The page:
The problem is, I didn't like the tops I wore for the last class and don't want to wear them again, but neither do I have two tops of the same colour/design that are acceptable so I need to buy some.

Since I really dislike shopping for clothing, send good shopping vibes!

My studio is also being used as a staging area as I begin to pack what I need for the trip and quite frankly I will be more than glad when I'm home again and all of this is in the 'I have done this', not still in the 'I will do this" category.

Wednesday, September 14, 2022

Quick Pivot

 


The sunlight was washing out the colour so I took the photo with shadow on the warp so you can see more of the colours.

When I realized I could not continue using the 2/20 mercerized cotton in my stash for warp as planned, I had to quickly pivot to something else.

Given my success at weaving down my yarn stash, I was very limited in my choices.  Plus the fact that I'm reserving a bunch of my 2/8 cotton for the sectional beaming class so I couldn't use any of that yarn, I had to work with what was left.

Which was mostly beige.  Not exactly my favourite colour, but needs must.

I was going to add a variegated yarn to spice the warp up some, but I didn't feel like taking the time to wind spools or cones, so instead I just included a pale green and a couple of light peach ends along with about 6 or 7 various shades of 'beige'.  Some were more yellow, some more brown, and two ends are a 'stone' - a dark brownish grey.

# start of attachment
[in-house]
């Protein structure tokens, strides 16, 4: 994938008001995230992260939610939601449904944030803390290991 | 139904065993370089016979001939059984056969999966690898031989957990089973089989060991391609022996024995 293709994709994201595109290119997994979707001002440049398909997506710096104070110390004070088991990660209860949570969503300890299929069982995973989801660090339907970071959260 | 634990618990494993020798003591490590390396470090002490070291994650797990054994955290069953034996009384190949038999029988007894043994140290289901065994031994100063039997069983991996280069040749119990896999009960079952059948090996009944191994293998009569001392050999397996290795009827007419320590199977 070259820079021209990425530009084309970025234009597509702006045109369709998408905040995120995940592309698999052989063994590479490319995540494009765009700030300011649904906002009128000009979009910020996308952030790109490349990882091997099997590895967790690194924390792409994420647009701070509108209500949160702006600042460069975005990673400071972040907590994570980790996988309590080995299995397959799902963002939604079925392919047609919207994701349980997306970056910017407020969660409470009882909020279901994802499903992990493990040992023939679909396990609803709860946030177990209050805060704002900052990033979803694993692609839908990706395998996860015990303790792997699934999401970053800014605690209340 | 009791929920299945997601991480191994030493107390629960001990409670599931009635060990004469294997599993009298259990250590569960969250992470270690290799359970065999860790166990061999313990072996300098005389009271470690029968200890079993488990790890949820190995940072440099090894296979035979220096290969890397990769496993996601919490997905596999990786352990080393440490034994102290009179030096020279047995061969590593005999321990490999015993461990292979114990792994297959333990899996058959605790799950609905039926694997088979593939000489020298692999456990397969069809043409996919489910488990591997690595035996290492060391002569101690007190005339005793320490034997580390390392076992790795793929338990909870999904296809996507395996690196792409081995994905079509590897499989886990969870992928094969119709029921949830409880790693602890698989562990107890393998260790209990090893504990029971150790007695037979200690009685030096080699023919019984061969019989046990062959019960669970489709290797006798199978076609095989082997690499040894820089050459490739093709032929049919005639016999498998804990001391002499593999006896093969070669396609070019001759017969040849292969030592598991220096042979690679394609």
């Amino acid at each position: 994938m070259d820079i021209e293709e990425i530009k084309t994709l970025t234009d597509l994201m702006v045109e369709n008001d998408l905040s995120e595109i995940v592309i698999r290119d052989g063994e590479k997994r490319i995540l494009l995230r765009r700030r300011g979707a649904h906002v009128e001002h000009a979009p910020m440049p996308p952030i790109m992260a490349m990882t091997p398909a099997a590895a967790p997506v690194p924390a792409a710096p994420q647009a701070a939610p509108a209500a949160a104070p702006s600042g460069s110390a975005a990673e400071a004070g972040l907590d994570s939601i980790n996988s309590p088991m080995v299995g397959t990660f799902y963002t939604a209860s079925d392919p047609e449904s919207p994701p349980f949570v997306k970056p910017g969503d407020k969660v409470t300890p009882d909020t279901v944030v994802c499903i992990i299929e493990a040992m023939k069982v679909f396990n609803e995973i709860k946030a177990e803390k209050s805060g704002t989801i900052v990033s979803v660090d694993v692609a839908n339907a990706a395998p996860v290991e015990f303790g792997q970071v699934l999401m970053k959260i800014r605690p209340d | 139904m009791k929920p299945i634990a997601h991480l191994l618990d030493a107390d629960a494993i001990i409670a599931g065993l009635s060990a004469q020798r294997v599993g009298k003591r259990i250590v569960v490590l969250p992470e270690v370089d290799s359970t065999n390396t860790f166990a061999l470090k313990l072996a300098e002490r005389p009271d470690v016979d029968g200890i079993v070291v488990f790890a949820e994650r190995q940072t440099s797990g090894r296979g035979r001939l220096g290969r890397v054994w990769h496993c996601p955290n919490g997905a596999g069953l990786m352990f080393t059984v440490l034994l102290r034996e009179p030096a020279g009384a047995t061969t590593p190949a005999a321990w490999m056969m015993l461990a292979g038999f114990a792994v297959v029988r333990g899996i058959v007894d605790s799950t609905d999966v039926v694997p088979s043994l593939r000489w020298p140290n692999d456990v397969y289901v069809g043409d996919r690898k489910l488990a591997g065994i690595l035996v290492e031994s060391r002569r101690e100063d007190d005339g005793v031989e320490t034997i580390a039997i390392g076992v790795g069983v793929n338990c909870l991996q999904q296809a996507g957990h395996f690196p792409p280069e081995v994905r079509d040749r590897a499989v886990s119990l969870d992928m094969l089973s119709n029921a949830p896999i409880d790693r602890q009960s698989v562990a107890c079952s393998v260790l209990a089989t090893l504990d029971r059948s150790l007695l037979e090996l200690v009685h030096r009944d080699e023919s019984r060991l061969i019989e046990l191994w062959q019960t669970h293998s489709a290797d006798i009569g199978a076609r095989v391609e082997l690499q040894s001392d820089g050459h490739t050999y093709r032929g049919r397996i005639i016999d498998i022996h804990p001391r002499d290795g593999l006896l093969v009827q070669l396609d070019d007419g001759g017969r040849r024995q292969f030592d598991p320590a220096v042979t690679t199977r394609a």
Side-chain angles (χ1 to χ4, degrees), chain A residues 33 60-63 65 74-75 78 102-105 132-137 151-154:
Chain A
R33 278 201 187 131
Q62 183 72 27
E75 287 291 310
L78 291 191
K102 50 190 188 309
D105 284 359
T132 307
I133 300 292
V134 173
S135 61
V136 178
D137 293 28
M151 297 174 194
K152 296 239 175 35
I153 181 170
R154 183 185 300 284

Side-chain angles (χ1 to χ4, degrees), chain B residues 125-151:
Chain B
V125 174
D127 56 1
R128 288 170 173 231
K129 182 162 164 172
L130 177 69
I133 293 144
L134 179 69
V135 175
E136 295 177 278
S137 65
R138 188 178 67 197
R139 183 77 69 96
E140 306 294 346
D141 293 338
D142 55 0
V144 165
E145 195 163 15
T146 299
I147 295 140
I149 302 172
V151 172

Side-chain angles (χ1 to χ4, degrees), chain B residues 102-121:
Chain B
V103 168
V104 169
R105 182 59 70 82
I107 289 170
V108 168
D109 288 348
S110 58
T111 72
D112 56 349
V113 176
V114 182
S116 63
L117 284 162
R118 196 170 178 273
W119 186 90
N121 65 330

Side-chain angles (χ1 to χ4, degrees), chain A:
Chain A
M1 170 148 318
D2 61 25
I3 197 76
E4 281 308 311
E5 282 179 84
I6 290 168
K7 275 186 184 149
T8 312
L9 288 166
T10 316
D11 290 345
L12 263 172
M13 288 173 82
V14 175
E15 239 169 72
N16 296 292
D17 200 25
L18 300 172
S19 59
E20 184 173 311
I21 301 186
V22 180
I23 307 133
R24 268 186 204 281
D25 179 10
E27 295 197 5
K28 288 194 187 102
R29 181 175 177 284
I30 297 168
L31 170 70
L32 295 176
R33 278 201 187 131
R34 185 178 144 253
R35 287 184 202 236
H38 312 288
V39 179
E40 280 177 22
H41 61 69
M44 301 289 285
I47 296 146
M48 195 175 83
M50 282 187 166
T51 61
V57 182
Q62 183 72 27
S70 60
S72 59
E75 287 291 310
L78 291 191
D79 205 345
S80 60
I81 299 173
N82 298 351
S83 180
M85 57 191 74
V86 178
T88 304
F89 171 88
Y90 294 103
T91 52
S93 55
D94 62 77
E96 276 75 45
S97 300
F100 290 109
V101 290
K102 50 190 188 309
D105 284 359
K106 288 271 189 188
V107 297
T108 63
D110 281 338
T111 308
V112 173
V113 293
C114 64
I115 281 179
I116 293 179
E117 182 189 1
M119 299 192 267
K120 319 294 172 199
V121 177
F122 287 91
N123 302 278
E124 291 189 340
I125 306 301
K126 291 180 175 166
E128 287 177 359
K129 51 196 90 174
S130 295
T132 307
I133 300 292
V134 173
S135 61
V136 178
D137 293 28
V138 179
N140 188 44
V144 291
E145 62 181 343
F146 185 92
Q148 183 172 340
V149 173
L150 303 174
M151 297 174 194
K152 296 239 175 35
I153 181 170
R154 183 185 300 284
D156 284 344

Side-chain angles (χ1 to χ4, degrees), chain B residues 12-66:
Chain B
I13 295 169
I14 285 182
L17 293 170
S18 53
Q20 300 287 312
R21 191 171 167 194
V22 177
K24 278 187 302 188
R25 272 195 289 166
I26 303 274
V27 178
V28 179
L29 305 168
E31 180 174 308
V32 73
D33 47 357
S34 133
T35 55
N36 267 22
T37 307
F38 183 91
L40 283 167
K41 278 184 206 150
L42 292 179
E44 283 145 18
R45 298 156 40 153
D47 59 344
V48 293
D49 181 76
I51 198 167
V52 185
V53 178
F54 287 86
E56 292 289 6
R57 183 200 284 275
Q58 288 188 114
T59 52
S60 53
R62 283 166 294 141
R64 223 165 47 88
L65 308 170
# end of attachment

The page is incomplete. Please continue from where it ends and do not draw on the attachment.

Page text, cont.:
I have several pounds (5?) of a single linen what is a bit slubby and slightly thinner than 2/8 cotton.  Since linen is so stiff I went with 20 epi and will weave it in a 'fancy' twill with some plain weave in the tie up to add some stability with what is a relatively open set.

These towels will be more hand towels than tea towels, but should wear in nicely.  I've had some feedback from people saying that they have been using my part linen towels, and after a while they really develop into a lovely cloth.  Which is my experience as well.  Linen really does need to be used, not stored in the closet for 'good'.

I say I did a 'quick' pivot, but that's not really accurate.  Instead of making the decision immediately, I had to stop and take a break, clear my mind of the disappointment of having threads snap, left right and centre, look at what I had on hand and then finally, some hours later, make a decision.  The brain fog from the pain/pain medications means I have to take time to let my thoughts percolate.  I don't want to rush into a decision about a longish warp before I have had a chance to think things through.

But I will tell you something for free - I do miss my brain working 'properly'!

So I am going to say one more thing about brain fog.  The reports about Long Covid brain fog are truly concerning.  There are now so many people who have been infected with this disease, many of them dealing with fatigue and brain fog, cognitive disfunction, plus so many other health issues and the advice now is to not get it at all, or, if you've had it, do everything in your power to NOT get it again.  The more times you get infected with covid, the risk of developing Long Covid or having other hidden health issues that will manifest in the coming years goes up.

Given my already precarious health, I will be continuing to wear a mask when I go out, advocate for air filtration, and get every covid vaccine because it has been shown that the vaccine will offer protection against severe illness and Long Covid should I be unlucky and catch it.

Stay safe.  Stay well.  Stay covid aware.  Living with covid is NOT ignoring it, but living with mitigations like filtration - personal and general, isolating when sick, getting vaccines.